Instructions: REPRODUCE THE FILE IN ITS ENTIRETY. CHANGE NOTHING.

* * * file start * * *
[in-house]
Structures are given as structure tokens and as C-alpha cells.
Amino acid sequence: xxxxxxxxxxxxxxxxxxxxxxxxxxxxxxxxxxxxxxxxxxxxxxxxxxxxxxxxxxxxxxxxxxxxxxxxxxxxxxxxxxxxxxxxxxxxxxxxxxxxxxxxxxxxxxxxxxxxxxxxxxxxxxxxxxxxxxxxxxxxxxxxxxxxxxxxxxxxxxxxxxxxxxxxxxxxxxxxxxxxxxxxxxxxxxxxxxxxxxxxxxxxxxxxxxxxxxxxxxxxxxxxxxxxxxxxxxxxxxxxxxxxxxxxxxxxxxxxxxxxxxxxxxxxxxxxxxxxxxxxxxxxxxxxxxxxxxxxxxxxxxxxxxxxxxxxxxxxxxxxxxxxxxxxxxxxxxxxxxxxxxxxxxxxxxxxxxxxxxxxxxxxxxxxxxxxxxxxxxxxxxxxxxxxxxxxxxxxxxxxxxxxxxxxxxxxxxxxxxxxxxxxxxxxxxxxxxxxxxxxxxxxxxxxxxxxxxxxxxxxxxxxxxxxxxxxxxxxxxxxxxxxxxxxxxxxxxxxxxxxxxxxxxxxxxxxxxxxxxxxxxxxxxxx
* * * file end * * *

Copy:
[in-house]
Structures are given as structure tokens and as C-alpha cells.
Amino acid sequence: xxxxxxxxxxxxxxxxxxxxxxxxxxxxxxxxxxxxxxxxxxxxxxxxxxxxxxxxxxxxxxxxxxxxxxxxxxxxxxxxxxxxxxxxxxxxxxxxxxxxxxxxxxxxxxxxxxxxxxxxxxxxxxxxxxxxxxxxxxxxxxxxxxxxxxxxxxxxxxxxxxxxxxxxxxxxxxxxxxxxxxxxxxxxxxxxxxxxxxxxxxxxxxxxxxxxxxxxxxxxxxxxxxxxxxxxxxxxxxxxxxxxxxxxxxxxxxxxxxxxxxxxxxxxxxxxxxxxxxxxxxxxxxxxxxxxxxxxxxxxxxxxxxxxxxxxxxxxxxxxxxxxxxxxxxxxxxxxxxxxxxxxxxxxxxxxxxxxxxxxxxxxxxxxxxxxxxxxxxxxxxxxxxxxxxxxxxxxxxxxxxxxxxxxxxxxxxxxxxxxxxxxxxxxxxxxxxxxxxxxxxxxxxxxxxxxxxxxxxxxxxxxxxxxxxxxxxxxxxxxxxxxxxxxxxxxxxxxxxxxxxxxxxxxxxxxxxxxxxxxxxxxxxxx